By 2005 the UK, with its significant capital markets, had no direct control over its accounting or auditing rules for listed entities. FRC also took responsibility from the profession for investigating major accounting and auditing scandals but this process is limited to those involving UK qualified accountants i.e. auditors, directors and others. FRC has no power to compel evidence from non-accountants, and it may also pass over to the audit licensing bodies cases of regulatory breaches found by its own enforcement activities. These relationships seem rather too cosy.
The fragmentation of responsibility for financial reporting, auditing and conduct of directors goes much wider than the cosy relationship between the FRC and the accountancy professional bodies. UK Companies are required to file annual accounts and other key company information, such as names of directors, at Companies House. Late or inaccurate filing can lead to fines imposed via BIS’s own procedures. BIS can also ban individuals from holding company directorships if they breach company law, such as trading whilst insolvent. BIS is also responsible for maintaining and developing company law, compliance with some aspects of which appears to have escaped FRC’s notice.
The London Stock Exchange is regulated by the UK Listing Authority (UKLA) which is accountable to the Treasury. UKLA has its own listing rules and enforcement procedures. Financial reporting and auditing over which UKLA has little control are important to the UKLA, as well as the listing rules. In addition to investors, UKLA too needs reliable financial information to avoid being misled.
Defragmentation the way forward: a new Companies Commission
So what should be done to tidy up this fragmented mess? We have found to our great cost what can happen in the UK if accounting, auditing and its relationship with company law is mismanaged and a regulator gives priority to promoting global rules rather than the UK public interest.
The next UK government should set up a Companies Commission (CC) which would be totally detached from the accountancy profession. The CC should take responsibility for: UKLA; Companies House; regulation and rule making for UK accounting and auditing (including audit licensing); the corporate governance code; company law; and addressing failures in accounting, auditing and the listing rules, all under the same roof. CC should also provide a much needed whistle blowing facility for auditors and others who are concerned about corporate behaviour.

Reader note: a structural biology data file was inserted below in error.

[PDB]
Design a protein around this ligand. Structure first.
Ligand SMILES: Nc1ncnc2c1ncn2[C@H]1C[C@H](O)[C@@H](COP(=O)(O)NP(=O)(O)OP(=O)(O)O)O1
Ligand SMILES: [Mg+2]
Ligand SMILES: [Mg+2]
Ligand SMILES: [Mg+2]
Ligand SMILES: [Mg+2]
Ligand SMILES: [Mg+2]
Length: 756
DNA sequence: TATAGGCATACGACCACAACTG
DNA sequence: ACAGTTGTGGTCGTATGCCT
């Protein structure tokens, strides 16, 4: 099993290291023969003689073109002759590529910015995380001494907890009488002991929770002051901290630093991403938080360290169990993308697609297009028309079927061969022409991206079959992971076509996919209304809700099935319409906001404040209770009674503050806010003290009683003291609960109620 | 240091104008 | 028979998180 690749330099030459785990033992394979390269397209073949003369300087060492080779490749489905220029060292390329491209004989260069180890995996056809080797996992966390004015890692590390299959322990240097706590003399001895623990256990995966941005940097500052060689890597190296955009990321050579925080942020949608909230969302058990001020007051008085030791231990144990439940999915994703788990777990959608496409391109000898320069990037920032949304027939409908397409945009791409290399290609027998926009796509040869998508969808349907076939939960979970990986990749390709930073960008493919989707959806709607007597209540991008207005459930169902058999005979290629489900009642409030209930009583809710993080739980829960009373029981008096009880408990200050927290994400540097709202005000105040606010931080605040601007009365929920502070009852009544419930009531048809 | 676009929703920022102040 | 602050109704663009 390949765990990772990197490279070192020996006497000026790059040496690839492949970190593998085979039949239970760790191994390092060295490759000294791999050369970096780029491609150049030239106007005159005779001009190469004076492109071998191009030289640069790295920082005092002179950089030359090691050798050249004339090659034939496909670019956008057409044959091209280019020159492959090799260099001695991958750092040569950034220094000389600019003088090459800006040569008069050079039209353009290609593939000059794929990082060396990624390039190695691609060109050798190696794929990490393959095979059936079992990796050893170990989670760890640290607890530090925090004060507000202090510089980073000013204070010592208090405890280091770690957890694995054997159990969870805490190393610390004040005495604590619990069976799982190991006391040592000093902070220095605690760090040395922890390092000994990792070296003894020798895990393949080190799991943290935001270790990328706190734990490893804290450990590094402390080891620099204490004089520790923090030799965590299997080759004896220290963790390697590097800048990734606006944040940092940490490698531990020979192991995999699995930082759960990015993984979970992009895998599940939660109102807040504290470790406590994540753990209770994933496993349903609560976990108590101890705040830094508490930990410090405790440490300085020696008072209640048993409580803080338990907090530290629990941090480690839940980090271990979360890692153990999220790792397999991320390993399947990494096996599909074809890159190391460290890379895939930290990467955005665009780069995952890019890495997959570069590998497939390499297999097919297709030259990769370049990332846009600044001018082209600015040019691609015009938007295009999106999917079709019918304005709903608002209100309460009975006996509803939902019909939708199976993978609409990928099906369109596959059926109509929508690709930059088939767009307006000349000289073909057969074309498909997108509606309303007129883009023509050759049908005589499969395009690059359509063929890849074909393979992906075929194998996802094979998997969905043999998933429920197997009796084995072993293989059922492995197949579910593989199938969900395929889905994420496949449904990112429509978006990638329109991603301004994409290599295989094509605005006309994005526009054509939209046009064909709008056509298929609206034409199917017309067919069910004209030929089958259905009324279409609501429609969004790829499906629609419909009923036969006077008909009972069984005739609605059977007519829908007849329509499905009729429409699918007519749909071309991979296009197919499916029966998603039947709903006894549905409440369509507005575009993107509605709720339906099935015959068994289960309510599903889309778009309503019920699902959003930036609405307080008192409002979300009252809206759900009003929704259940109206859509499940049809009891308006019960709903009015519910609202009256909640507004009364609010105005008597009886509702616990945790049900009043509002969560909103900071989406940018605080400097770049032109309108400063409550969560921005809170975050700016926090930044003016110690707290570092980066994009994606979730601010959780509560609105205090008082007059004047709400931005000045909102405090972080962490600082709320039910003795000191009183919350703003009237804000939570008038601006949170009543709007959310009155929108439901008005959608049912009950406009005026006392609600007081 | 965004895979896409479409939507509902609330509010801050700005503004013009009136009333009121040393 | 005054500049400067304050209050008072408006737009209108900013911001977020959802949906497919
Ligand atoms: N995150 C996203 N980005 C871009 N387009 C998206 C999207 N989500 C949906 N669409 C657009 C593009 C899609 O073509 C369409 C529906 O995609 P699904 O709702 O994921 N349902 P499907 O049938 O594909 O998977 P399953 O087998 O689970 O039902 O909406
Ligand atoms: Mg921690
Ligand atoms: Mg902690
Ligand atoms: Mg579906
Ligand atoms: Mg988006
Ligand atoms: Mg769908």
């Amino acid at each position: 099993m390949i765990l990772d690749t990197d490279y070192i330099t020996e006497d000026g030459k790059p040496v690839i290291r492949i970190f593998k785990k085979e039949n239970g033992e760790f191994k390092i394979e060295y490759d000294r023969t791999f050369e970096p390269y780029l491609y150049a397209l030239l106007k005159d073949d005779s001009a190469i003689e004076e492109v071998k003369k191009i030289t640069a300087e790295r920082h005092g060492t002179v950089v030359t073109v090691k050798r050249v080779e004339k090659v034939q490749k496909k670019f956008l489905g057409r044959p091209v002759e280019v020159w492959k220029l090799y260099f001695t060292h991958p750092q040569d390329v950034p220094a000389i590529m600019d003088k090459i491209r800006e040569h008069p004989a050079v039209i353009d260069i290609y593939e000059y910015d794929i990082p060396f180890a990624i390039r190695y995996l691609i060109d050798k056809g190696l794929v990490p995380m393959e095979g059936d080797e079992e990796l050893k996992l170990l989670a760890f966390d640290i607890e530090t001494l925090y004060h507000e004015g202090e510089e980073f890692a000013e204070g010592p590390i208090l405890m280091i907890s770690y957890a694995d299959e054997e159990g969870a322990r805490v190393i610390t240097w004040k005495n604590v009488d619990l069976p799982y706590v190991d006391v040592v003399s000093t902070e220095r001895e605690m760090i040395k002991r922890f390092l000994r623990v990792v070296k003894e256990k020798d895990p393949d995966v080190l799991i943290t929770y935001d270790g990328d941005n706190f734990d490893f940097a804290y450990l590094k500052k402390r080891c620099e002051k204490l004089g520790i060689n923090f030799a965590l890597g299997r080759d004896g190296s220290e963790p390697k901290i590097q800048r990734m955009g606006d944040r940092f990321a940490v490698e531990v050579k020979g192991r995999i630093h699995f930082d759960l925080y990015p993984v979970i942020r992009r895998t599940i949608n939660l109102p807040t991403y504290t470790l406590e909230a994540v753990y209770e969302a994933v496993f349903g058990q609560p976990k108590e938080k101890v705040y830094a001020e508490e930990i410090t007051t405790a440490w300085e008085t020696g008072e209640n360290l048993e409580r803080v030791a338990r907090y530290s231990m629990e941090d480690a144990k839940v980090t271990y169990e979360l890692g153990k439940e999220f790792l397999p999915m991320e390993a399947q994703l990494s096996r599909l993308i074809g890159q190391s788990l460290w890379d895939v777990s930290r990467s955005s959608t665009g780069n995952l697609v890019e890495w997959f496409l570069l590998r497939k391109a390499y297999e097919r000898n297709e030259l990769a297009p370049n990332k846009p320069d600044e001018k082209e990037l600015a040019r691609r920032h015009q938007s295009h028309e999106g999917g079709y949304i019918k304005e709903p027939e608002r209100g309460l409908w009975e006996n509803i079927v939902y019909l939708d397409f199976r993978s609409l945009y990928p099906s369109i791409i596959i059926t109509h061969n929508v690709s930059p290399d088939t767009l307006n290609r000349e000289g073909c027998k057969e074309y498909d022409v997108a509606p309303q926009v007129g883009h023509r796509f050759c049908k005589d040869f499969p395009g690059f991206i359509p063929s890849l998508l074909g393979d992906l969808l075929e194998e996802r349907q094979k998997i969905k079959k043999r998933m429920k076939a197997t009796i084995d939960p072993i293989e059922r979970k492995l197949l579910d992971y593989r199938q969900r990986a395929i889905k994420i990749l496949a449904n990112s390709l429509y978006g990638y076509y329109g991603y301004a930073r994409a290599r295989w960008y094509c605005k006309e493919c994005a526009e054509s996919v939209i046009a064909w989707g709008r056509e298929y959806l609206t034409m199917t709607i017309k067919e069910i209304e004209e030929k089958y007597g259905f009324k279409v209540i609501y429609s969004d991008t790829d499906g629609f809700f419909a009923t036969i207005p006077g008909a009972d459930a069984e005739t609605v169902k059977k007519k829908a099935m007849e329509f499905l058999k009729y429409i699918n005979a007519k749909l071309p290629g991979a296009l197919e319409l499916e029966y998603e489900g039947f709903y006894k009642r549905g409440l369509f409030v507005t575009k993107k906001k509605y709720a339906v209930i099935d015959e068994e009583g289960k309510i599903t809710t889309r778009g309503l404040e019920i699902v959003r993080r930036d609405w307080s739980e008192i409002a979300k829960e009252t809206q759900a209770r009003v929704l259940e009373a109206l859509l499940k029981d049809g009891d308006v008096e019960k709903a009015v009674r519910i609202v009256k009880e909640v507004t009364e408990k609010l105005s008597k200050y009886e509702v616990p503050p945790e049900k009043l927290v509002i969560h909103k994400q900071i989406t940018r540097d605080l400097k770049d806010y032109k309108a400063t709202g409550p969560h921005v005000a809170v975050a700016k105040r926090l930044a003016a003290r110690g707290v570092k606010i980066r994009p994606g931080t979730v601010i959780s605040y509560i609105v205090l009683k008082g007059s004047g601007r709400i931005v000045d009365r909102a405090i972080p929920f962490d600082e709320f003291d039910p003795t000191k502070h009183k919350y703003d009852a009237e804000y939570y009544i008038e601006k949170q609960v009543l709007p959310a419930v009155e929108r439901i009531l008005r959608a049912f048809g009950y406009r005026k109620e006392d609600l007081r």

The SME sector and the third sector have been badly served by the FRC’s concentration on top down rules. The CC should also set up a separate and powerful body with specific responsibility to develop appropriate accounting, auditing, governance and legal regimes for SMEs.
The battleground will be to which government department the putative Companies Commission should be accountable. An interesting challenge for policymakers is whether BIS can be trusted. The Chancellor of the Exchequer has launched in inquiry into enforcement in the financial services sector. It is high time government looked at fragmentation and regulatory capture in the rest of the corporate sector.
Stella Fearnley is Professor in Accounting at Bournemouth University. She provided oral and written evidence on the banking crisis to the Parliamentary Commission on Banking Standards and to the House of Lords Economic Affairs Committee
Note: Professor Fearnley is grateful to Dr Lyton Chithambo for his assistance in developing this article.